AT&T Says Sorry, You Have Reached Your Download Limit

Apparently the 5% of AT&T subscribers that upload and download from the web on a regular basis have become “bandwidth hogs”, taking up 50% of AT&T’s network capacity.

Therefore, in an attempt to curb this trend, AT&T Inc., the largest internet service provider in the country, has begun to limit the amount of data that subscribers can use each month.

Now, don’t get too worried, these restrictions, which started on November 1st, only apply to AT&T subscribers in Reno, Nevada. But if all goes well, AT&T may broaden the download limits to other areas.

In addition, the limitations will depend completely on download speeds. If you are using the slowest DSL service, users can download 20 gigabytes per month at 768 kilobits per second.

Your limits will increase with download speed, sometimes up to 150 gigabytes per month at 10 megabits per second. In order to even fill that amount, a subscriber would have to download consistently at max speed for 42 hours.

So, while the everyday normal email checking and web surfing won’t take an AT&T subscriber into the realm of their maximum limit, those users who use programs like NetFlix on a regular basis, may find their monthly movie fix limited; a monthly cap of 60 gigabytes allows for 3 full length movies per month.

Comcast Corp., the nation’s second largest internet service provider, who also happens to be AT&T’s biggest competitor, officially began a similar program in August with limits of 250 gigabytes per subscriber.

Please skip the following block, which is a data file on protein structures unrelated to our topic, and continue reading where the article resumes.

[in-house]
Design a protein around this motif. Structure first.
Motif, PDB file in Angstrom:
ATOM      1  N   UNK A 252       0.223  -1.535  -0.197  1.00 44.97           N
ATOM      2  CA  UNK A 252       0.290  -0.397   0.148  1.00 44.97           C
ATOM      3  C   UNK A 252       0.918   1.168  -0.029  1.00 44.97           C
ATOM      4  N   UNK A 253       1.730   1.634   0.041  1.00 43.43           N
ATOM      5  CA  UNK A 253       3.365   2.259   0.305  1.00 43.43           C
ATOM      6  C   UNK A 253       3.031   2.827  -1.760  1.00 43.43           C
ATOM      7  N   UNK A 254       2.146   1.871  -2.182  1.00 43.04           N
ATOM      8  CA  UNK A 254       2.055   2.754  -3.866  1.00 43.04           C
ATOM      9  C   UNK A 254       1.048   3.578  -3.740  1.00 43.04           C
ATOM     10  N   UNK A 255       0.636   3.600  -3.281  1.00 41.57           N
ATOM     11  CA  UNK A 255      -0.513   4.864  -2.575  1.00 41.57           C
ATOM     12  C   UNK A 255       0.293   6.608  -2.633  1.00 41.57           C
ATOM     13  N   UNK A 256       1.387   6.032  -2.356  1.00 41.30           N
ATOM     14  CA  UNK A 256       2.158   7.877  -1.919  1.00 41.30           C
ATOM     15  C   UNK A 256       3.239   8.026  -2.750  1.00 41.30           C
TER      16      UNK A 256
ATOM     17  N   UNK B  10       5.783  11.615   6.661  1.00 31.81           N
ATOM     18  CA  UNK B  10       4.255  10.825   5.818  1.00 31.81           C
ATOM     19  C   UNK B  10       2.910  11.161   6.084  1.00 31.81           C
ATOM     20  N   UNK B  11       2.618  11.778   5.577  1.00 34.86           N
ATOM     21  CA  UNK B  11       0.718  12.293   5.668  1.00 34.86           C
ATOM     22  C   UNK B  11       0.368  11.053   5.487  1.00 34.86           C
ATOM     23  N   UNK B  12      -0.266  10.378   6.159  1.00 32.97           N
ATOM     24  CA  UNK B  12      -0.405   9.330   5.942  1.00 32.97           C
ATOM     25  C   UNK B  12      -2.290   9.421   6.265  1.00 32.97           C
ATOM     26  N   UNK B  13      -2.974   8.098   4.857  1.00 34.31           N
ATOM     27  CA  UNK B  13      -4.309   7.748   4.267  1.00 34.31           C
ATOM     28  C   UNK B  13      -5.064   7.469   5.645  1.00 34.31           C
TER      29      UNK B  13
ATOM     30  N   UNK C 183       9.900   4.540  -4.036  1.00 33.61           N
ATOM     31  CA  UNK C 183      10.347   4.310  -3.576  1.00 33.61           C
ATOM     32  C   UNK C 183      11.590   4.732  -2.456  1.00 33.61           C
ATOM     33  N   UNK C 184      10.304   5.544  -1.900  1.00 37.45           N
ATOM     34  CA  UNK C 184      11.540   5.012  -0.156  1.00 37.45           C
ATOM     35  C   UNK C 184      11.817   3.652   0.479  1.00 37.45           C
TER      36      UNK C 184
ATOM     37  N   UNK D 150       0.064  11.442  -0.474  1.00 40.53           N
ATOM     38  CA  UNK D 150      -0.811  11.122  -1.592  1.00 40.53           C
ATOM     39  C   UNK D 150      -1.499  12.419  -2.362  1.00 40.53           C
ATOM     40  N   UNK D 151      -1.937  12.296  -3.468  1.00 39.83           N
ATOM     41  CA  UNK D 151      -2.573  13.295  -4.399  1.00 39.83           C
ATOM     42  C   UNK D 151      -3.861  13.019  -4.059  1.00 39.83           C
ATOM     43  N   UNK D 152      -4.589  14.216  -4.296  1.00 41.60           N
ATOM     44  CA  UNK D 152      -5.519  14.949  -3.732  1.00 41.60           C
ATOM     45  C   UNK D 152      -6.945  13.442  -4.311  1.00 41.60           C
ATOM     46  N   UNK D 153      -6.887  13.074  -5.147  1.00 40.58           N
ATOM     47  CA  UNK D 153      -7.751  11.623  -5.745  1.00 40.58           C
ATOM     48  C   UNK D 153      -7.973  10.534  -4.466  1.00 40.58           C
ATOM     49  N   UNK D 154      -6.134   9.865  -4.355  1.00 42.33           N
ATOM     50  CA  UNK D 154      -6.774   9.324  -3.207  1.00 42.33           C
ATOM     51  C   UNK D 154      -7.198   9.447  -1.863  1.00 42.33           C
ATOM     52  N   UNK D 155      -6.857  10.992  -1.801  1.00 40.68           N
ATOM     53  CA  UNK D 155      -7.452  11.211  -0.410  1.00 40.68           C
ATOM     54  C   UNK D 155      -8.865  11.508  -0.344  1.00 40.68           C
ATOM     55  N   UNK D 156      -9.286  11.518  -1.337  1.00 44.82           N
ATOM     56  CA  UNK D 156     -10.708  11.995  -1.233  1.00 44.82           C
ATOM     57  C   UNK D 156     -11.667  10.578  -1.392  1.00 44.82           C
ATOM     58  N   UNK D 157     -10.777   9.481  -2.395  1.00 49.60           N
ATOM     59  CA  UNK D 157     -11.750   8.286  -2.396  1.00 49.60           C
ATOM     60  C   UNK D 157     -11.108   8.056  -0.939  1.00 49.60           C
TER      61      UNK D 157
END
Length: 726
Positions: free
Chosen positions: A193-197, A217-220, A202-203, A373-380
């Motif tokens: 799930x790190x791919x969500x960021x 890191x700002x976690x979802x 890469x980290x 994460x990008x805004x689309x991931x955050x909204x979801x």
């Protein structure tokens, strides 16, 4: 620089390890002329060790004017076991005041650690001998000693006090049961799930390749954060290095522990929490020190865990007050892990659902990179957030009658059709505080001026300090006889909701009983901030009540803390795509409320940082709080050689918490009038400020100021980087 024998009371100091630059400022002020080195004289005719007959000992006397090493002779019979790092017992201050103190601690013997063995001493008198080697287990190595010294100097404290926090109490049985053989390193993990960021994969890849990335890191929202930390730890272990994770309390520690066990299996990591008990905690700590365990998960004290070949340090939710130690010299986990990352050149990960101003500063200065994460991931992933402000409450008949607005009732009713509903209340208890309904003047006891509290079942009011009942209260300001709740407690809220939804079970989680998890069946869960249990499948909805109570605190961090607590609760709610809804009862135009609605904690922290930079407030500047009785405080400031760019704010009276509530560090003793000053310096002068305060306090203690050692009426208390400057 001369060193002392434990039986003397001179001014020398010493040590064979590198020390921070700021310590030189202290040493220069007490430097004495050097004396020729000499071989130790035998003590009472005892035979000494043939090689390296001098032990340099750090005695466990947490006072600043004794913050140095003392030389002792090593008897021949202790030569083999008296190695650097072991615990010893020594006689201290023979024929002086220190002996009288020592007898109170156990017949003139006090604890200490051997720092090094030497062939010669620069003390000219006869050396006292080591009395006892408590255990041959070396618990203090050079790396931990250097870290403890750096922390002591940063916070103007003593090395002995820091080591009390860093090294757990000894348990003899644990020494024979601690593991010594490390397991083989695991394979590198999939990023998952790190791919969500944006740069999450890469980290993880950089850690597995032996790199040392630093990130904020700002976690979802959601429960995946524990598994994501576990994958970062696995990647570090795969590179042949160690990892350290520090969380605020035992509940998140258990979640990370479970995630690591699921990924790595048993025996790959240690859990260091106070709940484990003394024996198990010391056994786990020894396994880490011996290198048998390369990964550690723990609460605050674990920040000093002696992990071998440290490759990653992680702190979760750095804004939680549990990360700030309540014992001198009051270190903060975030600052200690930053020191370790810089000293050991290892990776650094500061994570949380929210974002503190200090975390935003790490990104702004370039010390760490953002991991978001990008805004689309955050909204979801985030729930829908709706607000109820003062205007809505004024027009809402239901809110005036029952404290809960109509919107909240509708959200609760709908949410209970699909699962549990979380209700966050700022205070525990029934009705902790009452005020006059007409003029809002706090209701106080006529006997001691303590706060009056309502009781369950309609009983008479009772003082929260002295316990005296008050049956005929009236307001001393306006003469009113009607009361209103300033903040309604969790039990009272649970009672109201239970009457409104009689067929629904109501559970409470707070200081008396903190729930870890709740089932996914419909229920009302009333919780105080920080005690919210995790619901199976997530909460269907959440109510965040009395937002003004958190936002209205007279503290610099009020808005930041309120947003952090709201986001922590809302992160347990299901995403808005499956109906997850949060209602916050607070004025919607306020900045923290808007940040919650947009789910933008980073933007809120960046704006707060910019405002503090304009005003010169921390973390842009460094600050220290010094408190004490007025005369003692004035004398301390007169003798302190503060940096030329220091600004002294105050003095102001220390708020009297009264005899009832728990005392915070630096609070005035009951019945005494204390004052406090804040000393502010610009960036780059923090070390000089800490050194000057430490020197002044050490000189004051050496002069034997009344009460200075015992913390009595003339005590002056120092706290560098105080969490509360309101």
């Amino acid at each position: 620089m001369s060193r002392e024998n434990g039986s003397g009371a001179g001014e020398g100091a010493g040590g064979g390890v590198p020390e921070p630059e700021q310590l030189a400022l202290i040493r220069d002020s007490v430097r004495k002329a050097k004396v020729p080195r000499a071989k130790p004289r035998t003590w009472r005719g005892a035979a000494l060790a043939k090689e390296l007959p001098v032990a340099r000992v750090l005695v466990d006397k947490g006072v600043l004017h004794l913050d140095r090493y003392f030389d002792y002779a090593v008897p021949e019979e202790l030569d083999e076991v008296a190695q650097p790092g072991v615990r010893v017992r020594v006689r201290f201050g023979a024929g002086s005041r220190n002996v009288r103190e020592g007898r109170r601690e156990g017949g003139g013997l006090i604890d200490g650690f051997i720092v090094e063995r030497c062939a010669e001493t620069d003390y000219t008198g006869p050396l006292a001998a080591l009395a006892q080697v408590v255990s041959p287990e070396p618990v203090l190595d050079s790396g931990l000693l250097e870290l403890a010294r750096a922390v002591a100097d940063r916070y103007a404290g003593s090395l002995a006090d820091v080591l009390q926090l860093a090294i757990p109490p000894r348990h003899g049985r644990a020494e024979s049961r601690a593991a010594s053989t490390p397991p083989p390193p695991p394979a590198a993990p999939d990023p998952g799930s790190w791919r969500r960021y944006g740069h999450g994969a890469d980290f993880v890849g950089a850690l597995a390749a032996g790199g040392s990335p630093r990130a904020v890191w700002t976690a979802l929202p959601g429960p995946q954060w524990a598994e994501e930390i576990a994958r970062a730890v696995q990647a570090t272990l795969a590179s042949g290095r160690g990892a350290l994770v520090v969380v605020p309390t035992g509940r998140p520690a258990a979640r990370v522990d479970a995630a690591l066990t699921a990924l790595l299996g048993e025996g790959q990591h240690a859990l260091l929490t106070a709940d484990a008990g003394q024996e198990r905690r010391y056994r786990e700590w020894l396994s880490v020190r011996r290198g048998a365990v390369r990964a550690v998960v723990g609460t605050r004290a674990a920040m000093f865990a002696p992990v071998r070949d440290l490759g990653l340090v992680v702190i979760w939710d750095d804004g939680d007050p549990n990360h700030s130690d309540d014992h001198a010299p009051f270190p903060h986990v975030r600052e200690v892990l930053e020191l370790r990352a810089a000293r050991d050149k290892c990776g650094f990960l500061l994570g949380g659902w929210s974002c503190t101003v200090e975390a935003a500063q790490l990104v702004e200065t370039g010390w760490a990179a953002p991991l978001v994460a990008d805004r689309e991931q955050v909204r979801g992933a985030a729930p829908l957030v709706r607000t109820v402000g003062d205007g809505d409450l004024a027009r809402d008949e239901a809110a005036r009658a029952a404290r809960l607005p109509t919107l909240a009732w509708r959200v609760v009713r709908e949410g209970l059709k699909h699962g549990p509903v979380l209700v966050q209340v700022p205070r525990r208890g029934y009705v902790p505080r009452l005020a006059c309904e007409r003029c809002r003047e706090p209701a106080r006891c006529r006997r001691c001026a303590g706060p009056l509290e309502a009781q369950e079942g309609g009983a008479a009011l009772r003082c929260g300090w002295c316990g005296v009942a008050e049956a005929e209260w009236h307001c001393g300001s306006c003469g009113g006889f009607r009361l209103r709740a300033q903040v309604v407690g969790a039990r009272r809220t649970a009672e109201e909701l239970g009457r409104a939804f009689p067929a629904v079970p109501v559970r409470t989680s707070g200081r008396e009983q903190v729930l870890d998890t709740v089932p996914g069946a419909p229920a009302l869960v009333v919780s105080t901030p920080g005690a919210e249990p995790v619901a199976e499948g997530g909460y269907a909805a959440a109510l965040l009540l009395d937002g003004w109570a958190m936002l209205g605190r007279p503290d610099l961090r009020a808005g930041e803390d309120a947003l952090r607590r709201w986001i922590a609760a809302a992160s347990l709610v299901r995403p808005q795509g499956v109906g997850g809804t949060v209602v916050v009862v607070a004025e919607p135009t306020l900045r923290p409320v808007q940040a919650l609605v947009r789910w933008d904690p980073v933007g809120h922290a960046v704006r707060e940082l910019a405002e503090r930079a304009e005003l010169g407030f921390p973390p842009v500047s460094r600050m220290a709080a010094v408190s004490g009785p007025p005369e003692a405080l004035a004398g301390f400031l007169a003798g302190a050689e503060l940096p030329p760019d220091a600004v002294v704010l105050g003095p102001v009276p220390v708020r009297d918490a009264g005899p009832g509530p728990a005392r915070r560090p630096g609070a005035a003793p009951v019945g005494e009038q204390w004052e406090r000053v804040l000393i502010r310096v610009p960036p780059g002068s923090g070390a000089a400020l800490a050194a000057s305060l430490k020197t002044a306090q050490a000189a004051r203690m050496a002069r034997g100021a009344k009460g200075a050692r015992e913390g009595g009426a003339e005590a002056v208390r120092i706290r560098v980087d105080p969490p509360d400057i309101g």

In many other industrialized nations, internet providers are heading in the opposite direction – offering greater capacity to meet growing demand. And when usage caps are necessary, the limits are exponentially greater than here in the U.S., as Betsy Schiffman at Wired’s Epicenter blog points out:

In Japan, which boasts one of the most advanced fiber-optic broadband markets in the world, one carrier recently implemented a usage cap, but it was 30 GB per day — roughly an-eighth of Comcast’s total monthly cap.

AT&T says anyone who goes over 150 gigabytes will automatically be enrolled in the download cap. Go over your monthly allotment, and you’ll get a warning the first month, after that you’ll be looking at $1.00 per gigabyte overage charge.

You can track your gigabyte usage via AT&T’s website in order to ensure you aren’t hitting your limit. And, if you have fulfilled about 80% of your download fill, AT&T says it will send you a complimentary note informing you that you’re getting close to your maximum download capacity.

AT&T hopes that by placing these limitations they will be able to find a solution that allows them to equitably provide affordable broadband services to all customers.

So, is AT&T making a bad move here, by potentially stifling the flow of innovation from web-based companies, most of which rely on the unlimited set price?

Or, is this a smart move for these companies so that they can set future customers expectations?

Personally, I am not a fan on having limits on something that many people rely on, and will most likely come to rely on even more in the future.